The duo had hired consultants including David Marks and Julia Barfield of Marks Barfield Architects, who designed the London Eye, to weigh in on the aerial gondola idea and other proposed tourism projects. Additionally, the pair consulted with Davis Brody Bond, the architect for the September 11 Memorial Museum in New York; a cable lift manufacturer; and Walsh Construction, the company that built the Riverwalk and Maggie Daley Park, and the consensus was that The Skyline could be built, Geller said.
The City Club presentation also was focused on boosting tourism in Chicago and building the city’s reputation as a year-round international destination, according to a news release. Tourism officials last week announced that Chicago surpassed 50 million annual domestic visitors in 2015, an increase of nearly 5 percent over the prior year, putting the city closer to reaching Mayor Rahm Emanuel’s goal of attracting 55 million visitors annually by 2020.
In a statement, the mayor’s office said Emanuel welcomes any ideas that create “iconic tourism igniters” to draw more people to the city.
“These investments, which don’t require taxpayer dollars, create good-paying jobs, pump money into our neighborhood economies, and increase educational and cultural opportunities for city youth. The Mayor welcomes a dialogue about any proposals that meet these goals,” the statement said.
Geller, chairman and CEO of Geller Capital Partners, said Chicago is an underrated city.
“We believe the way forward is by showingcasing Chicago as a city of neighborhoods and building projects that capture the mind and inspire the soul of both residents and visitors alike,” he said in the news release.
The slate of ideas, some floating in the past, include installing:
•Inventive lighting at notable locations such as the river, the pedway, parks that are part of Burnham’s emerald necklace, iconic skyscrapers and CTA stations. Lighting can extend the day for tourists, which in turn leads to more spending, and encourage them to visit during winter months.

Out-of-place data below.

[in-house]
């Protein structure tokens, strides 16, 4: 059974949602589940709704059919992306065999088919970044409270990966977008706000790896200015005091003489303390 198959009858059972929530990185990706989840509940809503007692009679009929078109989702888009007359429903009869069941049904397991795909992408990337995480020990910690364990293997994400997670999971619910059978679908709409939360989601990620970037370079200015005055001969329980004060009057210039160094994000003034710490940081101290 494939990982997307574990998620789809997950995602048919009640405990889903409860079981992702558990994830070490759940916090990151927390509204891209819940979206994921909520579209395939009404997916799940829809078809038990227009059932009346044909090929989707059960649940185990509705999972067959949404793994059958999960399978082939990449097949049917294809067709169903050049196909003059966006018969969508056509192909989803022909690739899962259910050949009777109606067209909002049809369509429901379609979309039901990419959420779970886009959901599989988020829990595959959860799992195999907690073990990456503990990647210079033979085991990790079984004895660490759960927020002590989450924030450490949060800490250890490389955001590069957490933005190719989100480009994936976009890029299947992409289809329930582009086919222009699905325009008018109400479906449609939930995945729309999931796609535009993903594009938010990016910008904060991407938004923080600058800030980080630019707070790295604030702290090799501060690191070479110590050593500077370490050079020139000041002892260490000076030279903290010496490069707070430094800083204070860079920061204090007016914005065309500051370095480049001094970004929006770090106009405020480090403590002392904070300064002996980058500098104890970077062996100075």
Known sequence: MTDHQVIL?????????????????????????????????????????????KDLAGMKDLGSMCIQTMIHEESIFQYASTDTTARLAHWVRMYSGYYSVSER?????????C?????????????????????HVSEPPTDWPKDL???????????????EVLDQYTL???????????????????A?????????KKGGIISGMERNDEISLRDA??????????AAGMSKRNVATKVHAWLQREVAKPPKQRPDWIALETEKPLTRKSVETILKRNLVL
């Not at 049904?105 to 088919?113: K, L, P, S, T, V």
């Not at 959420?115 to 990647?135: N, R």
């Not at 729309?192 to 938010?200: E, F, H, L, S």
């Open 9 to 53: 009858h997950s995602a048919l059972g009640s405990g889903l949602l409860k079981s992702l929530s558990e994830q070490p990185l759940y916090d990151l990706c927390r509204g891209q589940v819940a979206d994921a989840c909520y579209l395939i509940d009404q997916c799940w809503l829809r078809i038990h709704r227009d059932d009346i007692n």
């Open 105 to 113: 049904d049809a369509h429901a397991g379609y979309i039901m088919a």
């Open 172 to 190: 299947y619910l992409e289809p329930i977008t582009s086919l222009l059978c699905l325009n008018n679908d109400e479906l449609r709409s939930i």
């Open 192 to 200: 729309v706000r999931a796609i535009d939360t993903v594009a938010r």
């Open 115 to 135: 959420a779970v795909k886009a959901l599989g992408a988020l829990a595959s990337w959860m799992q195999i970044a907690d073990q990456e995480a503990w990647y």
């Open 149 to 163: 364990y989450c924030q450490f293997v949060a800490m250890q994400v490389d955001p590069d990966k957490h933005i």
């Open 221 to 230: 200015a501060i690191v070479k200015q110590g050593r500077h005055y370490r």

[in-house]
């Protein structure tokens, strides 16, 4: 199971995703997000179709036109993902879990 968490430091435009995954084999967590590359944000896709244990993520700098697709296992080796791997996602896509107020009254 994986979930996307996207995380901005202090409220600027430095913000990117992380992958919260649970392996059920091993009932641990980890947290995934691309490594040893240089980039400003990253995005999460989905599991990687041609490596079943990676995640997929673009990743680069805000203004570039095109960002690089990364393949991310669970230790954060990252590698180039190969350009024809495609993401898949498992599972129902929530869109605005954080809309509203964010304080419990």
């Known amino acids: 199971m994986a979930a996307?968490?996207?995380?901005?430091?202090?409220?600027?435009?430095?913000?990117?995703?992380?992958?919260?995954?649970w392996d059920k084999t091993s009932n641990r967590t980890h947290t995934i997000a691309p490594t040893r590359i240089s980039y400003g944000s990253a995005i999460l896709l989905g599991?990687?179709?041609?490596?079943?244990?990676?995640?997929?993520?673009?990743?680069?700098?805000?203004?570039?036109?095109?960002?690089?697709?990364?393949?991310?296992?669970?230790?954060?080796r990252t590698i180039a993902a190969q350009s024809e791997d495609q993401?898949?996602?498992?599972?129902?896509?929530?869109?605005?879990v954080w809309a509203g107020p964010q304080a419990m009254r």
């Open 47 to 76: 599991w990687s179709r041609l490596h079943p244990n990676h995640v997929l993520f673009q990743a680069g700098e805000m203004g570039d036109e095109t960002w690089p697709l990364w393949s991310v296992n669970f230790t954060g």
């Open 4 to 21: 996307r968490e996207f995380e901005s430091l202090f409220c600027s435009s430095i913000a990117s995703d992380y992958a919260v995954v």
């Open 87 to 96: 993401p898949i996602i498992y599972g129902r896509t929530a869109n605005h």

• Spectator and performer barges on the river for opera performances and a light show behind the Lyric Opera House.
Start each day with Chicago Tribune editors’ top story picks, delivered to your inbox.
•Enhanced train transportation options from O’Hare International Airport into the Loop, such as an express train that provides a VIP experience, something City Hall has been eyeballing for some time.
•An entertainment district in the Cermak corridor near McCormick Place, Chinatown and the Chicago River, which could lead to development along the riverfront. The plan includes a new park and walkway over the Stevenson Expressway to help extend tourism south.
Now Geller and Raizin are looking to build support and have the community weigh in and find out which projects resonate with them so they know how to prioritized their efforts.
The projects are realistic, according to Raizin.
“The projects from a financing standpoint is key. The financing is there for our projects,” he said. “What is ultimately key is the will of the people, and that’s the most important piece and the piece we need to be most sensitive to.”